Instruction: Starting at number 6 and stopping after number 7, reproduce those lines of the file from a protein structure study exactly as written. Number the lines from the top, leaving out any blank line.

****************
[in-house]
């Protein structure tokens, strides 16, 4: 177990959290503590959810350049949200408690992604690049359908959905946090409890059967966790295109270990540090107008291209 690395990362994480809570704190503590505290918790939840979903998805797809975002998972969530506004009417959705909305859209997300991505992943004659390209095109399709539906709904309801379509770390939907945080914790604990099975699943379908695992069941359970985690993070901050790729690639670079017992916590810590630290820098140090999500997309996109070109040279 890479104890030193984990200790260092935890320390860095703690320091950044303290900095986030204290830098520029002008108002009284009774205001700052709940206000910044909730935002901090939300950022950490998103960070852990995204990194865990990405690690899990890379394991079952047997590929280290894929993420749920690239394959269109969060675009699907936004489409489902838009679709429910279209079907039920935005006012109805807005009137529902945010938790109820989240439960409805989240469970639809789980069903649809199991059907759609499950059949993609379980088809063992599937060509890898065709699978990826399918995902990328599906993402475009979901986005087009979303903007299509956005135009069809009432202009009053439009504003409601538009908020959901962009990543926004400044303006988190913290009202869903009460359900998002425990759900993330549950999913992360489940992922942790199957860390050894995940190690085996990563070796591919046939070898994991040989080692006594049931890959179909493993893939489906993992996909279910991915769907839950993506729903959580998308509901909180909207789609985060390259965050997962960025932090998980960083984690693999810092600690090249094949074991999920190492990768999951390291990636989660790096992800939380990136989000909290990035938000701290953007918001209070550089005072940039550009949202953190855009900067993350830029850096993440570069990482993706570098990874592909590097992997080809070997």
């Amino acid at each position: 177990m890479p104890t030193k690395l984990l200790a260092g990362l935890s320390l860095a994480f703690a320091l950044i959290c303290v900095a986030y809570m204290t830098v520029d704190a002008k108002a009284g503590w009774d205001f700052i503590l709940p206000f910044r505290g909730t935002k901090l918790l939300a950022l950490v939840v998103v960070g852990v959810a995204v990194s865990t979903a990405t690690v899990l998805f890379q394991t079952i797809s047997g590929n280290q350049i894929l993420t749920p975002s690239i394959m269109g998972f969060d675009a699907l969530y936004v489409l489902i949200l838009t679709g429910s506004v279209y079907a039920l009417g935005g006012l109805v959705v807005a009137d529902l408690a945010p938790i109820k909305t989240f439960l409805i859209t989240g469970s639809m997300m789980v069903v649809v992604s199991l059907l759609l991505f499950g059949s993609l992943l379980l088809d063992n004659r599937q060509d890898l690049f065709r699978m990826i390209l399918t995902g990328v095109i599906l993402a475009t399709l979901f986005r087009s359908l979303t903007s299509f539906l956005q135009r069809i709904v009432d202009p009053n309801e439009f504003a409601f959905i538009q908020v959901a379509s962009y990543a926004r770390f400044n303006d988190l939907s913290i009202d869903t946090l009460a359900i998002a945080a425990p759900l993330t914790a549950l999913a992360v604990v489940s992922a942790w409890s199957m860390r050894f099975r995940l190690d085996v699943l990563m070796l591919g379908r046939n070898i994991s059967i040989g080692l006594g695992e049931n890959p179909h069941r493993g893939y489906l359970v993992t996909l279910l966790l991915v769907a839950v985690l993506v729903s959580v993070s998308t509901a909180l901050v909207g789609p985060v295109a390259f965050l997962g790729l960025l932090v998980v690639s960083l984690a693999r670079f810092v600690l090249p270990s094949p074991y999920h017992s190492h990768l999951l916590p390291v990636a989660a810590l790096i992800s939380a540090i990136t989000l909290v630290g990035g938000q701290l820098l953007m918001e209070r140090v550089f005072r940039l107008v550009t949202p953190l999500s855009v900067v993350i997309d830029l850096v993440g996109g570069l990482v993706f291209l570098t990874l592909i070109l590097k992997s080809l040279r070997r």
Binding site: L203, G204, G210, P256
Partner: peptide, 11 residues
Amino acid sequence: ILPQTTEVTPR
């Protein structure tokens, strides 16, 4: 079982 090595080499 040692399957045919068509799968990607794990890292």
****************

Amino acid sequence: ILPQTTEVTPR
């Protein structure tokens, strides 16, 4: 079982 090595080499 040692399957045919068509799968990607794990890292």